Chik-Fil-A has ended donations to hate groups, according to Shane Windmeyer, executive director of Campus Pride. The life-long activist confirmed in a telephone interview today that he has indeed seen the 2011 IRS form 990 from WinShape, the charity arm of the popular chicken sandwich chain. Windmeyer also saw financials from 2012. While these documents are not yet public, he was given access to them by Dan Cathy, the chain’s CEO.
The story has since been picked up by major news groups, including CNN.
Windmeyer confirmed that the company has ceased donations to its most vitriolic recipients: the Family Research Council, Eagle Forum, and Exodus International. “However,” he said, “there are still large donations given to organizations that would like for me to not be with my husband of 18 years.”
Windmeyer’s article on Huffington Post outlined how he built a mutual dialoge and respect with Cathy, allowing the two men to build their conversation to the point that Windmeyer considered Cathy “a new friend.” The conversation wasn’t without concern, though. Windmeyer wrote:
As Dan and I grew through mutual dialogue and respect, he invited me to be his personal guest on New Year’s Eve at the Chick-fil-A Bowl. This was an event that Campus Pride and others had planned to protest. Had I been played? Seduced into his billionaire’s life? No. It was Dan who took a great risk in inviting me: He stood to face the ire of his conservative base (and a potential boycott) by being seen or photographed with an LGBT activist. He could have been portrayed as “caving to the gay agenda” by welcoming me.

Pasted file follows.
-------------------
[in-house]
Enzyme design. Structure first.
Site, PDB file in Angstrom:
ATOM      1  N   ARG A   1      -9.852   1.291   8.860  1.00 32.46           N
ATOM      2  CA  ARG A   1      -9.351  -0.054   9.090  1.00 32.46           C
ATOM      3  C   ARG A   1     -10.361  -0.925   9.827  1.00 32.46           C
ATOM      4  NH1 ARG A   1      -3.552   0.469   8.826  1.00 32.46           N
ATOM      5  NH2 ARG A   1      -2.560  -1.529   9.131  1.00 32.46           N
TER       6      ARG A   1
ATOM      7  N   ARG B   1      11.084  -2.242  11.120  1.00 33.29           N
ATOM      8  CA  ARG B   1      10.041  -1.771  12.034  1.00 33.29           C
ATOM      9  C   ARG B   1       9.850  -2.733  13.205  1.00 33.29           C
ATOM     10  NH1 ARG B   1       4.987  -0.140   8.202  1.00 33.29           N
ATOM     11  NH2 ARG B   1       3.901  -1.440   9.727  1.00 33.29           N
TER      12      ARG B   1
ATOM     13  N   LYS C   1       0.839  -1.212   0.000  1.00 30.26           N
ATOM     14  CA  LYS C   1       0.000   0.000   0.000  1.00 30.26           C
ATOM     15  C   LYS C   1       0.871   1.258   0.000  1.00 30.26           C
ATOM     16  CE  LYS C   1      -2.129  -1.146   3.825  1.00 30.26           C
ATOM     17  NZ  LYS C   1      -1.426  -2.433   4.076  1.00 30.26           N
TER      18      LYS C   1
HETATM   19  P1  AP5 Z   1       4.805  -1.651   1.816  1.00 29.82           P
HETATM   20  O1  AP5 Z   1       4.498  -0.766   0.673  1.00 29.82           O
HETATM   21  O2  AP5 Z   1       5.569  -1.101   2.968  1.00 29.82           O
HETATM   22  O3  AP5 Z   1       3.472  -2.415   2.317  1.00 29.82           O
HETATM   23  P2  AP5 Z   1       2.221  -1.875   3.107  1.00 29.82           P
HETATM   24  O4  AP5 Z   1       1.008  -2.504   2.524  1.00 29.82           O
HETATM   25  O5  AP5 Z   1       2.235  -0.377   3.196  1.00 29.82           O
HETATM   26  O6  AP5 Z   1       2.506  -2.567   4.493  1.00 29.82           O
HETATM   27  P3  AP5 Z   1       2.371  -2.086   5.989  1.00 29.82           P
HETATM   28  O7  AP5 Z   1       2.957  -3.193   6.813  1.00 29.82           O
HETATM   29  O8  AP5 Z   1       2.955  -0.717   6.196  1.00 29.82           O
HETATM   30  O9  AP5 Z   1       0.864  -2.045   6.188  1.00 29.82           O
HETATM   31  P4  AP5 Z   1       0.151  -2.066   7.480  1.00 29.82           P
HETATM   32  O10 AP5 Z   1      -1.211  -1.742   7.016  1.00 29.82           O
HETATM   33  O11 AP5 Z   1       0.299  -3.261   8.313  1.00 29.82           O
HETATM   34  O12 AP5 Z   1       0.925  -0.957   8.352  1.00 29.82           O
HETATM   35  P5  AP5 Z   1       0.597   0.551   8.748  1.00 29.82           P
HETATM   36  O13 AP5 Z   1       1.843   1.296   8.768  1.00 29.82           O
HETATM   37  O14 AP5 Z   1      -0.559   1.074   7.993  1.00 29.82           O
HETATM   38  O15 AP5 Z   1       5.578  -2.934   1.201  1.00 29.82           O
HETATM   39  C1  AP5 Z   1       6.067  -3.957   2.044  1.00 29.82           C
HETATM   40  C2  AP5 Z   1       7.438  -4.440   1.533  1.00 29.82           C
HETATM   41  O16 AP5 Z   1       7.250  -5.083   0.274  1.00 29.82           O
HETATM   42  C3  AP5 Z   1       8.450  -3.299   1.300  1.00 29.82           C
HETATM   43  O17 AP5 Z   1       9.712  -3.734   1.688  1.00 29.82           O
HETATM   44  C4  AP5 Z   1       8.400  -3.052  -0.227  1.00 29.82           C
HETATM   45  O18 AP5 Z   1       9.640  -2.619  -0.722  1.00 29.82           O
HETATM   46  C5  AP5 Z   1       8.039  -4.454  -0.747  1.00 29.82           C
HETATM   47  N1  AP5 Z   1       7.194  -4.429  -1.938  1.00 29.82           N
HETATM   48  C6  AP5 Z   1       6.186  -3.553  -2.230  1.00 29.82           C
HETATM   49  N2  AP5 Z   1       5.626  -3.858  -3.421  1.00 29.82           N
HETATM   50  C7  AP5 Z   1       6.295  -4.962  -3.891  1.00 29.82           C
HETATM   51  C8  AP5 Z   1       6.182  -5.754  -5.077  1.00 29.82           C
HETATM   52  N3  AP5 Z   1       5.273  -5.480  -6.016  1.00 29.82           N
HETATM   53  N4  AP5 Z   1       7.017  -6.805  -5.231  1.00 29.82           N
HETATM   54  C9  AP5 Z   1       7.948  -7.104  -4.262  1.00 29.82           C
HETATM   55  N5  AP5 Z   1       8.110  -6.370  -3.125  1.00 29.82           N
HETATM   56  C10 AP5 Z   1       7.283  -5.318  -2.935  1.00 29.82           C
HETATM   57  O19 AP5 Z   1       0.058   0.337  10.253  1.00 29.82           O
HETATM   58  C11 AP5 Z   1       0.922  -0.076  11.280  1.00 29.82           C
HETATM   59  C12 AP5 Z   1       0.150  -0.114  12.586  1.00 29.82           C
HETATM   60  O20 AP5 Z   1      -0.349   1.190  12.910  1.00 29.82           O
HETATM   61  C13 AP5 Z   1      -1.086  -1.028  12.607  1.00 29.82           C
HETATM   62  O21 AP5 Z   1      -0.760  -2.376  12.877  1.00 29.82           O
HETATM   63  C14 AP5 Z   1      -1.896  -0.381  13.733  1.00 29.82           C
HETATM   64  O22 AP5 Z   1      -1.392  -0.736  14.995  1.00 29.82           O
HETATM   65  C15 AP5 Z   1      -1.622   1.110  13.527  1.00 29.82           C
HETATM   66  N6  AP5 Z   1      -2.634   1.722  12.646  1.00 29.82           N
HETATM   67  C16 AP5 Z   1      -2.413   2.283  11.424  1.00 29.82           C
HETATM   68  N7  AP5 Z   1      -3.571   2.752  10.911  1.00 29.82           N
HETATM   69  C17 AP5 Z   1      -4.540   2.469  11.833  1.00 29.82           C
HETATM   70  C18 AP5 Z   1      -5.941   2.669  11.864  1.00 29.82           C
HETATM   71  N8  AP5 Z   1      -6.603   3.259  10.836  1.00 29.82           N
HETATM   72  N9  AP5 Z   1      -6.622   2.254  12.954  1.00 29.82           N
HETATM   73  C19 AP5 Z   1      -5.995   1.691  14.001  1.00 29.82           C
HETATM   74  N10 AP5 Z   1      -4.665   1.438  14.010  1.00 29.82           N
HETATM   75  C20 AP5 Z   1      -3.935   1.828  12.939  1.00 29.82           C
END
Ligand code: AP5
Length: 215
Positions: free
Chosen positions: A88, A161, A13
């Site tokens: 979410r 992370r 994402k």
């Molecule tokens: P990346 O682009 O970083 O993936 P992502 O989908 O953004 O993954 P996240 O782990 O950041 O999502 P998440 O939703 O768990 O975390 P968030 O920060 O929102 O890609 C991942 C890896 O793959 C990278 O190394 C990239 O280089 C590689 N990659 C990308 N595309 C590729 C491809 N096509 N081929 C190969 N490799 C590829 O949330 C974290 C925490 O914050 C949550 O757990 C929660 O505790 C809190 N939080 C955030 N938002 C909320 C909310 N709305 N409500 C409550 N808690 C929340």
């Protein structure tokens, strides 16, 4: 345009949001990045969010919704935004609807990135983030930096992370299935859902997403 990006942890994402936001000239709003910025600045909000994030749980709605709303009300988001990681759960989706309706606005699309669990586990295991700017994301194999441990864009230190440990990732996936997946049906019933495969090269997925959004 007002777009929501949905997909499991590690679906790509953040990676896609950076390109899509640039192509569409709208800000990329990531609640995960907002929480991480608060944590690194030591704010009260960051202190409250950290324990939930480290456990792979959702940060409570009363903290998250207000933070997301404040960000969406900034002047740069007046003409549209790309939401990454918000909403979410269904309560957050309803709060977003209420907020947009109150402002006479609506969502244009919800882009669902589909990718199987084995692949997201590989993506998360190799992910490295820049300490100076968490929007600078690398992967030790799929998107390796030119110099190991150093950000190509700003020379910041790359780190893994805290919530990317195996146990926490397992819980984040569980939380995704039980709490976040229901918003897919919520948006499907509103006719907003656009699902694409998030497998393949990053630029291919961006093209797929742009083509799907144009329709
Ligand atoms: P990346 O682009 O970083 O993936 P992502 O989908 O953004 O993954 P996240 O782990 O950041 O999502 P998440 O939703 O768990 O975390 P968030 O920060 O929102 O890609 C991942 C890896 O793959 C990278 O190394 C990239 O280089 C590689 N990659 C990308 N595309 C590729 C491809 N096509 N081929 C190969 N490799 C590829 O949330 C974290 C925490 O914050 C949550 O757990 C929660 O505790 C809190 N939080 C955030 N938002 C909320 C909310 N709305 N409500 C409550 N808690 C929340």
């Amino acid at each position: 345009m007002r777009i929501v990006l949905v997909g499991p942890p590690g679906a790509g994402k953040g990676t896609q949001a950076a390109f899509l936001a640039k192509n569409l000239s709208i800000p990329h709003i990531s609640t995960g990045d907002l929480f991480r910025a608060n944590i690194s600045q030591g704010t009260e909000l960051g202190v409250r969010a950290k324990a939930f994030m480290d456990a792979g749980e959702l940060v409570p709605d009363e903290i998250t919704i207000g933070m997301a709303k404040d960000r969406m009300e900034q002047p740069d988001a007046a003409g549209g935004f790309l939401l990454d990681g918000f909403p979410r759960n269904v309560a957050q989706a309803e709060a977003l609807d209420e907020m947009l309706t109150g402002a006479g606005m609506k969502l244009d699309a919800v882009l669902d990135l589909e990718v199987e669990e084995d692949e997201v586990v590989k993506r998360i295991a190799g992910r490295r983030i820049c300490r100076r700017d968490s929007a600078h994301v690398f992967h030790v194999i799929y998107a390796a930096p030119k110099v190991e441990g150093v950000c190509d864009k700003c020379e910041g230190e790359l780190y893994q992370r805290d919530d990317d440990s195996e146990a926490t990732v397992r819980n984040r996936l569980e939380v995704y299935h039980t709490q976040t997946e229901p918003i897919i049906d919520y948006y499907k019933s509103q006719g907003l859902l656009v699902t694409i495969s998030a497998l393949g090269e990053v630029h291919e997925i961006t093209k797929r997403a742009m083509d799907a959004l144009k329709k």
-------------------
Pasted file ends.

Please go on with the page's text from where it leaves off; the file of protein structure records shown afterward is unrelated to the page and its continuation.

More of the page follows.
Instead, he stood next to me most of the night, putting respect ahead of fear. There we were on the sidelines, Dan, his wife, his family and friends and I, all enjoying the game. And that is why building a relationship with someone I thought I would never understand mattered. Our worlds, different as they can be, could coexist peacefully. The millions of college football fans watching the game never could have imagined what was playing out right in front of them. Gay and straight, liberal and conservative, activist and evangelist — we could stand together in our difference and in our respect. How much better would our world be if more could do the same?
I can relate to Windmeyer’s comments on a slightly lower scale. I’ve been building a similar dialog with David Blevins, a local Chik-Fil-A franchisee. We’ve exchanged some very candid emails, but I feel confident that Blevins has a genuine heart to serve all members of our community. In fact, it was Blevins who pointed out Windmeyer’s article to me. “I think we’re making progress,” he said.
He’s right. We are making progress. Notice I didn’t say “they” are making progress. WE are making progress. WE as LGBT people and conservatives are making genuine progress to weed out the outright hate groups and build a dialog where we can all find some common, mutual ground.
I made a personal promise to Blevins that I would end my own personal boycott of Chik-Fil-A if we could get confirmation that the company ended support for a hate group. That is a promise I intend to keep. Plus, I’ll encourage my readers to consider doing likewise. After all, progress is progress.
Windmeyer said of his friendship with Cathy that he didn’t feel like the two men would ever fully change each other’s point of view on LGBT issues. “He’ll never change me, and I’ll probably never change him,” he said. However, the fact that two opposing points of view can find any common ground is worth shouting about.
And I don’t mind shouting. I’ll even shout over a chicken sandwich.